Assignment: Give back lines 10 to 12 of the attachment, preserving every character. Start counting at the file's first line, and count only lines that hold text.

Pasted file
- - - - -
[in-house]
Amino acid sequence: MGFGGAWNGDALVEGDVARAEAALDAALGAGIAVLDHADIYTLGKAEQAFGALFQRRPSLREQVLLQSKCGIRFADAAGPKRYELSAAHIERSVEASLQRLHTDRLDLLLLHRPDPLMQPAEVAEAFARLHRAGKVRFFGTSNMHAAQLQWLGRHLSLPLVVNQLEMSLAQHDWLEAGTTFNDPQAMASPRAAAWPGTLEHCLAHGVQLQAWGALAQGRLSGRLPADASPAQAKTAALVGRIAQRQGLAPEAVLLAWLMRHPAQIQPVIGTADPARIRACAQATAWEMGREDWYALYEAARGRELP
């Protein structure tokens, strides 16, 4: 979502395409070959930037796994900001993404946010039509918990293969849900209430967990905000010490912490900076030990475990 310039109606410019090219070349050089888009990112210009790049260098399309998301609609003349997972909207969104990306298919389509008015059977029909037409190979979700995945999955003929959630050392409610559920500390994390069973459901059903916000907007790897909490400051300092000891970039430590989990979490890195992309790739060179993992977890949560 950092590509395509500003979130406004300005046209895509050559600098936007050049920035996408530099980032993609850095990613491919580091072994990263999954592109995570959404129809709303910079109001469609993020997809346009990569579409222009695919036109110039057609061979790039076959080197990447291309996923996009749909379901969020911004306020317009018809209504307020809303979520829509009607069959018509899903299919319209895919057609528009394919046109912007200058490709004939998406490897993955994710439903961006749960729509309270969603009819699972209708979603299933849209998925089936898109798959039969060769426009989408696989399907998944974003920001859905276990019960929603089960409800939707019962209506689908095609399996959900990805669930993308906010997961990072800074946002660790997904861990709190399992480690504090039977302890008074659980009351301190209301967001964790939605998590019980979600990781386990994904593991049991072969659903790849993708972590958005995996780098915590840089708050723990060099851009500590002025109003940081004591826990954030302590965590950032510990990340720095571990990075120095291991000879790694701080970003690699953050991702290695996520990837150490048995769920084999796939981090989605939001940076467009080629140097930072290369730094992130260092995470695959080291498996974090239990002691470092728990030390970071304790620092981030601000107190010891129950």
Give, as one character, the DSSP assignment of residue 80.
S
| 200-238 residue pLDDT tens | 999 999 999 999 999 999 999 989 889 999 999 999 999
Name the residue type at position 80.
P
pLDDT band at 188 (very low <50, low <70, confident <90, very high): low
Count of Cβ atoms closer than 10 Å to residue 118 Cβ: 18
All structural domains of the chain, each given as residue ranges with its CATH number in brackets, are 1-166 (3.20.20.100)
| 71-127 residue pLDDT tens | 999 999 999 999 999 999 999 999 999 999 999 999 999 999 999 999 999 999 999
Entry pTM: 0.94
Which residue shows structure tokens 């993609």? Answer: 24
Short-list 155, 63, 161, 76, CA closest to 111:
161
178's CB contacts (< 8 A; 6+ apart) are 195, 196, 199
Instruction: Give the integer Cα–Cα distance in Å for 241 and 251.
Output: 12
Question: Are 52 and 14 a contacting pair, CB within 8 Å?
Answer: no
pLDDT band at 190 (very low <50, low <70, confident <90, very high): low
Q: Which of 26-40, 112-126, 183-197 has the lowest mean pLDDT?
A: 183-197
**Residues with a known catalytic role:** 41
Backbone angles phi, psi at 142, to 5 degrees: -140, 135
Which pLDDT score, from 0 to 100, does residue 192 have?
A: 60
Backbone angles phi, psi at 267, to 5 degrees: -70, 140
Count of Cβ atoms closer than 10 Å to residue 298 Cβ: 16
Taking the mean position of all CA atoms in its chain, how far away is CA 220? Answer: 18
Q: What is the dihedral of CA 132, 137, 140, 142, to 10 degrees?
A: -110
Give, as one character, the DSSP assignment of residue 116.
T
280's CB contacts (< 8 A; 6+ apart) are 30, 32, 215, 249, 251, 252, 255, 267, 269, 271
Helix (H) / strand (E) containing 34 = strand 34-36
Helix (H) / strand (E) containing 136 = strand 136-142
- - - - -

Count of Cβ atoms closer than 10 Å to residue 118 Cβ: 18
All structural domains of the chain, each given as residue ranges with its CATH number in brackets, are 1-166 (3.20.20.100)
| 71-127 residue pLDDT tens | 999 999 999 999 999 999 999 999 999 999 999 999 999 999 999 999 999 999 999